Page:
Anne Reinarz Durham University

Recap: Dynamic Channel Allocations

Recap: Dynamic Channel Allocations


Outline

Type of data
Expected problems with data:
messages for processes
### Application
Depends on protocol (TCP/UDP)
messages for hosts
### Transport
Package Loss/Corruption/Out of order delivery
data for link
### Network
Package Loss

stream of bits

### Link

Individual Bit flips/ number of bits might change

signals in a medium
### Physical
signals degrade or interfered with
</small> --- # Outline - Framing - Byte count - Flag bytes with byte stuffing - Flag bits with bit stuffing - Error Control - Error correction - Error detection --- # Frames - Link layer accepts packets from the network layer, and encapsulates them into frames that it sends using the physical layer; reception is the opposite process - The Physical layer (below) is responsible for the transmission of raw sequences of bits --- # Frames </img> --- # Framing Methods - Byte count - Flag bytes with byte stuffing - Flag bits with bit stuffing --- # Framing: Byte count - Frame begins with a count of the number of bytes in it - Simple, but difficult to resynchronize after an error </img> --- # Data Framing – Headers and Trailers - We add a header (e.g. the length of data, etc.) and a trailer (extra data that can be used for e.g. error-detection or error-correction).
</br>
FLAG
Header
Payload Field
Trailer
FLAG

### Open Question: What happens if the flag value is found (i.e. naturally occurs) in the data? --- # Framing: Byte stuffing - Special flag bytes delimit frames; occurrences of flags in the data must be stuffed (escaped) - Longer, but easy to resynchronize after error </img> --- # Framing: Byte stuffing </img> - Byte sequences before and after stuffing for a different special byte - escape! --- # Framing: bit stuffing </img> - The flag is six consecutive ones. Within the data, a zero is stuffed after each five consecutive ones to void instances of the flag in the data.
  1. The original data
  2. The data as they appear on the line
  3. The data as stored by receiver after de-stuffing
--- # Framing: bit stuffing </img> ### Sender: - encloses packet (bit stream) with flag: 0 1 1 1 1 1 1 0 - appends a 0 after each 1 1 1 1 1 in body (bit stuffing) --- # Framing: bit stuffing </img> ### Receiver, upon receiving 0 1 1 1 1 1: - next bit 0: stuffed bit is removed - next bit 1: - if next bit 0 (i.e. 0 1 1 1 1 1 1 0): end of frame marker - if next bit 1 (i.e. 0 1 1 1 1 1 1 1): error --- # Error Detection and Correction (EDC) ### Errors occur during frame transmission ### Two strategies to deal with error: 1. Include enough redundant information to help receivers deduce original data (error correcting) 2. Include enough information to deduce an error occurred (error detecting) - Neither error-correcting codes nor error-detecting codes can handle all possible errors --- # Error Detection and Correction - EDC = Error Detection and Correction bits - D = Data protected by error checking, may include header fields </img> --- # Error Detection and Correction - Error detection not 100% reliable: - a protocol may miss some errors, but rarely ### Example </img> --- # Codewords - A frame consists of m data (message) bits and r redundant (check) bits. - n-bit codewords with n =m+r - ASCII code for “A”: 1000001 - codeword for “A”: 10000010 (r=1) --- # Error Bounds – Hamming distance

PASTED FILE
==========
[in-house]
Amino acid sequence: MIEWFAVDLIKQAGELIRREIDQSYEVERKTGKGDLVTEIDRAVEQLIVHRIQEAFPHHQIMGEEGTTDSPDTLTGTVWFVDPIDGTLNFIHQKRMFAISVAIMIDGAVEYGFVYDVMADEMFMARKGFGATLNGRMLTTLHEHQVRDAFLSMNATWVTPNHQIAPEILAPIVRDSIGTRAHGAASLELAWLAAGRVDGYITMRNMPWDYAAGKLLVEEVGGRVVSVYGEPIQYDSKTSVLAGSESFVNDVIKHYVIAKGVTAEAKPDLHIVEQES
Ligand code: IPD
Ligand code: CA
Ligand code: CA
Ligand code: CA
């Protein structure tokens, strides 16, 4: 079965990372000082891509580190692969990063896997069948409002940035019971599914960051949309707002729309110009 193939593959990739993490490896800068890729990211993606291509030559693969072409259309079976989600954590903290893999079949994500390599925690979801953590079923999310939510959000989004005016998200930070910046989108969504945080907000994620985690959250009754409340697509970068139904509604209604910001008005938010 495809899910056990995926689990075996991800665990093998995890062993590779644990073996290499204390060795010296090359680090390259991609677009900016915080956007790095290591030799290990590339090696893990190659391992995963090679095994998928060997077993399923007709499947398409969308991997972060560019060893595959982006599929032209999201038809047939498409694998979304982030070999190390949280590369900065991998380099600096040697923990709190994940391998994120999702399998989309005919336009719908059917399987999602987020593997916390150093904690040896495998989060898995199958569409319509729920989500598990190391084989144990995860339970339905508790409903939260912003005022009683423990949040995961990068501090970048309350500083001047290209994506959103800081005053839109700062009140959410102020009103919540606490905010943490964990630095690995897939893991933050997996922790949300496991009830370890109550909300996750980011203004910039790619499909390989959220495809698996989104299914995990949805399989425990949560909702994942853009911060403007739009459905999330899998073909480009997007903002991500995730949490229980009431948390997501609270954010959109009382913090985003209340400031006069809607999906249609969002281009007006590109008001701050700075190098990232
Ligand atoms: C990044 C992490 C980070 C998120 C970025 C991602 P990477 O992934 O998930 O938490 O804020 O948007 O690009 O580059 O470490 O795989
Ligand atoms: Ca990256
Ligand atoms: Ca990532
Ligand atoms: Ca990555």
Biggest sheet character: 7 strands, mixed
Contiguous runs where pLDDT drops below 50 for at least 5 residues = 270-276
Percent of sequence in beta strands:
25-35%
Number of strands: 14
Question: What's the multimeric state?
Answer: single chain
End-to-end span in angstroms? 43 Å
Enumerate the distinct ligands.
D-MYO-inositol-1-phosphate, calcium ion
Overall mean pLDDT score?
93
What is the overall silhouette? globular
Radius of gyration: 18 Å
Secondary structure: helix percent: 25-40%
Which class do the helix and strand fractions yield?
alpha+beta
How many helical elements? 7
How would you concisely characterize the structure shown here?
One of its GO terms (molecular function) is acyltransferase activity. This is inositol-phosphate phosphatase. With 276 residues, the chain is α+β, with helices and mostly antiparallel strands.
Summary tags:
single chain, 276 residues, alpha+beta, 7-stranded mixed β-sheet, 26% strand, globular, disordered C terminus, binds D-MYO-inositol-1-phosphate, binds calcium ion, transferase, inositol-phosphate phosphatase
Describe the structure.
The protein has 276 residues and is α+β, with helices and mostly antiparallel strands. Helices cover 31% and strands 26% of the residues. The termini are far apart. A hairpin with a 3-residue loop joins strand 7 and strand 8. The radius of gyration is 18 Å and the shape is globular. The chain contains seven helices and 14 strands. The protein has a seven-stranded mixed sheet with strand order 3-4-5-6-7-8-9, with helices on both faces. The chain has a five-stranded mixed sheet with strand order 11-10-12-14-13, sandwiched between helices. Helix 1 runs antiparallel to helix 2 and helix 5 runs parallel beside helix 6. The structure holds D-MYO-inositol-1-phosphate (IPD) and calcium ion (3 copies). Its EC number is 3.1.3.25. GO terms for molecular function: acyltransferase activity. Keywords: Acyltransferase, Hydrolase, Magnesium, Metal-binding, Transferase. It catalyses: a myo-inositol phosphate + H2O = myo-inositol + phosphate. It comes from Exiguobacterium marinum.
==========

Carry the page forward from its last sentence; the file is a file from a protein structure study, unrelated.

The number of bit positions in which two codewords differ is called the Hamming distance between these two codewords.
--- # Error Bounds – Hamming distance #### Example with 2 codewords: - Codeword #1: 1 0 0 0 1 0 0 1 - Codeword #2: 1 0 1 1 0 0 0 1 - Hamming distance is 3. The number of bit positions in which two codewords differ --- # Error Detection and Correction ### Hamming distance Step 1: Ensure the two strings are of equal length. - Codeword #1: 1 0 0 0 1 0 0 1 - Codeword #2: 1 0 1 1 0 0 0 1 --- # Error Detection and Correction ### Hamming distance Step 2: Compare the first two bits in each codeword (XOR them). If they are the same, record a "0" for that bit. If they are different, record a "1" for that bit. Repeat the process for the remaining bits. - Codeword #1: 1 0 0 0 1 0 0 1 - Codeword #2: 1 0 1 1 0 0 0 1 - Record: 0 0 1 1 1 0 0 0 --- # Error Detection and Correction ### Hamming distance Step 3: Add all the ones and zeros in the record together to obtain the Hamming distance. - Hamming distance = 0 + 0 + 1 + 1 + 1 + 0 + 0 + 0 = 3 - OR, count the number of 1s in the record. Three 1 bits in the record. i.e., Hamming distance is 3 --- # Hamming Codes ### Encoding: - We number the data bits starting from one and skipping the powers of two. The powers of two are reserved for parity bits. The rest are for message bits. ### Decoding: - Calculate all parities. If they are all OK, there was no error. If not, add up the positions of the incorrect ones- this gives us the position of the error --- # Error Correction – Hamming code The Hamming code gives a simple way to add check bits and correct up to a single bit error: - Check bits are parity over subsets of the codeword - Recomputing the parity sums (syndrome) gives the position of the error to flip, or 0 if there is no error --- # Error Correction – Hamming code </img> --- # Error Correction – Hamming code

0 0 1 0 0 0 0 1 0 0 1 (original codeword)

0 0 1 0 1 0 0 1 0 0 1 (received codeword)

--- # Error Correction – Hamming code

0 0 1 0 0 0 0 1 0 0 1 (original codeword)

- step #1: number the bits

1 2 3 4 5 6 7 8 9 10 11

0 0 1 0 1 0 0 1 0 0&nbsp&nbsp 1&nbsp (received codeword)

--- # Error Correction – Hamming code

0 0 1 0 0 0 0 1 0 0 1 (original codeword)

- step #2: allocate parity bits and message bits- powers of 2 bits are parity bits and the rest are message bits

p1 p2 m3 p4 m5 m6 m7 p8 m9 m10 m11

0 &nbsp 0 &nbsp 1 &nbsp &nbsp 0 &nbsp &nbsp 1 &nbsp&nbsp 0 &nbsp&nbsp 0 &nbsp&nbsp 1 &nbsp&nbsp 0 &nbsp&nbsp 0 &nbsp&nbsp&nbsp&nbsp&nbsp 1 &nbsp&nbsp&nbsp (received codeword)

--- # Error Correction – Hamming code

0 0 1 0 0 0 0 1 0 0 1 (original codeword)